- 1 What is a Town Planner/Planning Technician?
- 1.1 What Does a Town Planner/Planning Technician Do?
- 1.2 How to Become a Town Planner/Planning Technician
- 1.3 Town Planner/Planning Technician Salary
- 1.4 Career Prospects and Progression
- 1.5 Advantages and Disadvantages
- 1.6 Related Opportunities
- 1.7 Further Information
What is a Town Planner/Planning Technician?
A Town Planner and Planning Technician are professionals who play vital roles in shaping the way our cities and communities are developed and managed.
What Does a Town Planner/Planning Technician Do?
Town Planners and Planning Technicians play crucial roles in shaping the urban and rural environments we live in. Here’s an overview of their responsibilities:
- Town Planners manage and develop urban or rural areas to meet the needs of the local population.
- They consider a wide range of factors, including commercial, social, environmental, and heritage requirements when deciding how to use land effectively.
- Their work involves planning land use, infrastructure, and transportation to create sustainable and livable communities.
- Planning Technicians provide essential support to Town Planners.
- They conduct surveys, create maps, record data, analyze information, and prepare reports related to planning and land use.
- They offer advice on planning permissions and assist in the smooth execution of planning projects.
How to Become a Town Planner/Planning Technician
Here’s a breakdown of the steps to become a Town Planner or Planning Technician:
- To become a Town Planner, you need a Royal Town Planning Institute (RTPI) accredited qualification, typically a degree or postgraduate qualification.
- For entry into a degree program, you should have at least 2 A-levels or 3 H grades. For postgraduate courses, a related undergraduate degree (e.g., geography, architecture, or urban studies) is required.
- Accredited qualifications should cover both spatial planning and a specialized area of planning.
- Achieving chartered status (MRTPI) with the RTPI can be done through various routes, including Licentiate APC (L-APC), Associate APC (A-APC), or Experienced Practitioner APC (EP-APC) routes.
- Continuing Professional Development (CPD) is essential for career advancement. Town Planners are expected to undertake relevant courses and maintain an annual professional development plan.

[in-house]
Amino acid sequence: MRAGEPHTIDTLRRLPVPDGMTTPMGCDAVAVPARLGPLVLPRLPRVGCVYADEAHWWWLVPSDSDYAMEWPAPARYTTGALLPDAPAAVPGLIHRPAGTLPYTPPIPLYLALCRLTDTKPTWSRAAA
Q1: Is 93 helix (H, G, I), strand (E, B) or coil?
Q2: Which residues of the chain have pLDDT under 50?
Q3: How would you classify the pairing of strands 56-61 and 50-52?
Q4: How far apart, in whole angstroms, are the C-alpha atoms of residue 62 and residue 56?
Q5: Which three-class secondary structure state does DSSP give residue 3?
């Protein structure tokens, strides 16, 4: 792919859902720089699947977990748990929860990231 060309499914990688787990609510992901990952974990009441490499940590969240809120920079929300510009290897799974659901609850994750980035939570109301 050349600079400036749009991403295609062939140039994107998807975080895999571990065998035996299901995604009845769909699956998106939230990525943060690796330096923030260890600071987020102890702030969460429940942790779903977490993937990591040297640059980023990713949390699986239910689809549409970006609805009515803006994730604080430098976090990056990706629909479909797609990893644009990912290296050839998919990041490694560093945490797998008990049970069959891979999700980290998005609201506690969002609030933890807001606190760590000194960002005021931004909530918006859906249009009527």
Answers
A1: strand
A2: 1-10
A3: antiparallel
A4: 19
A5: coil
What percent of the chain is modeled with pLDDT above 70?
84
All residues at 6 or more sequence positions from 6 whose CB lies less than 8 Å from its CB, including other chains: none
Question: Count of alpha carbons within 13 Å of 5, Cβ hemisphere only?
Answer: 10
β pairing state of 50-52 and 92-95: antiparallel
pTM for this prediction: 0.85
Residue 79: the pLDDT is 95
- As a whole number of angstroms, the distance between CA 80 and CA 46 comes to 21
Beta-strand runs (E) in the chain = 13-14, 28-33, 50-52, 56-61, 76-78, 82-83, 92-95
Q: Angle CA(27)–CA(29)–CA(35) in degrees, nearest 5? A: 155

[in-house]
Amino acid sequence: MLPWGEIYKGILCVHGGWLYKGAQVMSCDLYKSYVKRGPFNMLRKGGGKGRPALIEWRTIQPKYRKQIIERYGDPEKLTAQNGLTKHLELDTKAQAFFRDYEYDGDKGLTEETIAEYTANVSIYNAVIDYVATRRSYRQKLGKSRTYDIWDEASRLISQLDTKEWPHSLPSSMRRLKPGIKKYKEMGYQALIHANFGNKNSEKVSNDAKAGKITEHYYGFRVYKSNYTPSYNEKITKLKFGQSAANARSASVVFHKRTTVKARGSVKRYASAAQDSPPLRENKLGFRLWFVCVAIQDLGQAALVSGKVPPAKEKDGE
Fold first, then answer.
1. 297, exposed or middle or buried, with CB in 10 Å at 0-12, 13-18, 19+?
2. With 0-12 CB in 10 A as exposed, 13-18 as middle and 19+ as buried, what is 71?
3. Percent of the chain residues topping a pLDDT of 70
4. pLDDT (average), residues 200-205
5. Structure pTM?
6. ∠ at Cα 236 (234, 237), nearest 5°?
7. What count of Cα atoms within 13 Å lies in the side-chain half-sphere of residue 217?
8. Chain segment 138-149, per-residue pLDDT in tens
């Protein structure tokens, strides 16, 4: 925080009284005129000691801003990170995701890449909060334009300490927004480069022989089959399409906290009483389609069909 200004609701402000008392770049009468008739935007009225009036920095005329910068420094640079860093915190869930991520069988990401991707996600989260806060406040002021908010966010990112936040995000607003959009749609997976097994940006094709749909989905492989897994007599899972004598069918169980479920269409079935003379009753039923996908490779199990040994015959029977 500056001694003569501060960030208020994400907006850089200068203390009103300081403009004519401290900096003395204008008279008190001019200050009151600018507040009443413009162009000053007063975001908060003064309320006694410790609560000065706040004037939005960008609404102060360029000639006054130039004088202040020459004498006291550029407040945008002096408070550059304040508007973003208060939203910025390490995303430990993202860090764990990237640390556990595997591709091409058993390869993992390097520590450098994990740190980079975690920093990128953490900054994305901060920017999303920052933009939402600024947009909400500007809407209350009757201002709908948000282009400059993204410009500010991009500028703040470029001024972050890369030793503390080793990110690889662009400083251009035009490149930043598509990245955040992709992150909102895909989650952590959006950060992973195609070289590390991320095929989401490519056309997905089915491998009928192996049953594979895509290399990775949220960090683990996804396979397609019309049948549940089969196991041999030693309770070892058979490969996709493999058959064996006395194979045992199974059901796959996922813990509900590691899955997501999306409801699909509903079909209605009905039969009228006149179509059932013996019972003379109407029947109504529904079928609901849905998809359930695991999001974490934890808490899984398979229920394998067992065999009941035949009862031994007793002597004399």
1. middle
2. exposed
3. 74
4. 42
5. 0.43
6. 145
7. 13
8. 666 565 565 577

- While there are no strict qualifications for Planning Technicians, many employers look for at least 4 GCSE/National 5 passes, including English and Maths.
- Additional qualifications such as A-levels/H grades, Foundation degrees, or relevant certificates like the Scottish Group Award (SGA) in Construction can be beneficial.
- Relevant work experience, especially in a planning office, can improve your job prospects.
- Planning Technicians typically receive on-the-job training while studying part-time or through distance learning for an NVQ/SVQ in Town Planning Support (Level 3-4).
Town Planner/Planning Technician Salary
Let’s discuss the financial aspects of being a Town Planner or Planning Technician:
- Newly graduated Town Planners can earn between £15,000 and £28,000 per year, with potential for higher salaries if they become registered members of the Royal Town Planning Institute (RTPI).
- With experience, salaries for Town Planners can range from £29,000 to £45,000 per year.
- Those who advance to positions like chief planning officers, heads of departments, or company directors can earn between £55,000 and £100,000 annually.
- Planning Technicians can start with salaries around £16,000 per year and may earn up to £30,000 per year with experience and supervisory roles.
Career Prospects and Progression
Curious about your future as a Town Planner or Planning Technician? Here are some insights:
- There is a growing demand for qualified planners in the UK and abroad, making this field promising.
- Most employers in this field include local authorities, planning consultancies, central government, construction companies, and environmental organizations.
- With experience and chartered status, you can advance to senior roles, specialize in areas like urban design or conservation, or transition to related careers such as recreation management, market research, or property development.
Advantages and Disadvantages
Considering a career as a Town Planner or Planning Technician? Here are some pros and cons:
- You get the satisfaction of addressing public issues and improving the living and working environments of communities.
- Opportunities for self-employment and work overseas can be appealing.
- You may need to compromise on planning initiatives due to various factors.
- Dealing with upset or frustrated members of the public can be challenging.
If you have an interest in planning and construction but want to explore related career options, consider these opportunities:
- Land/Geomatic Surveyor: Land/Geomatic Surveyors focus on mapping and measuring land to support planning and development projects.
- Planning and Development Surveyor: These professionals specialize in overseeing the planning and development aspects of construction projects.
- Quantity Surveyor: Quantity Surveyors manage project finances, costs, and contracts within the construction industry.
For additional resources and information about careers in town planning and related fields, you can visit the following websites:
- Royal Town Planning Institute (RTPI): www.rtpi.org.uk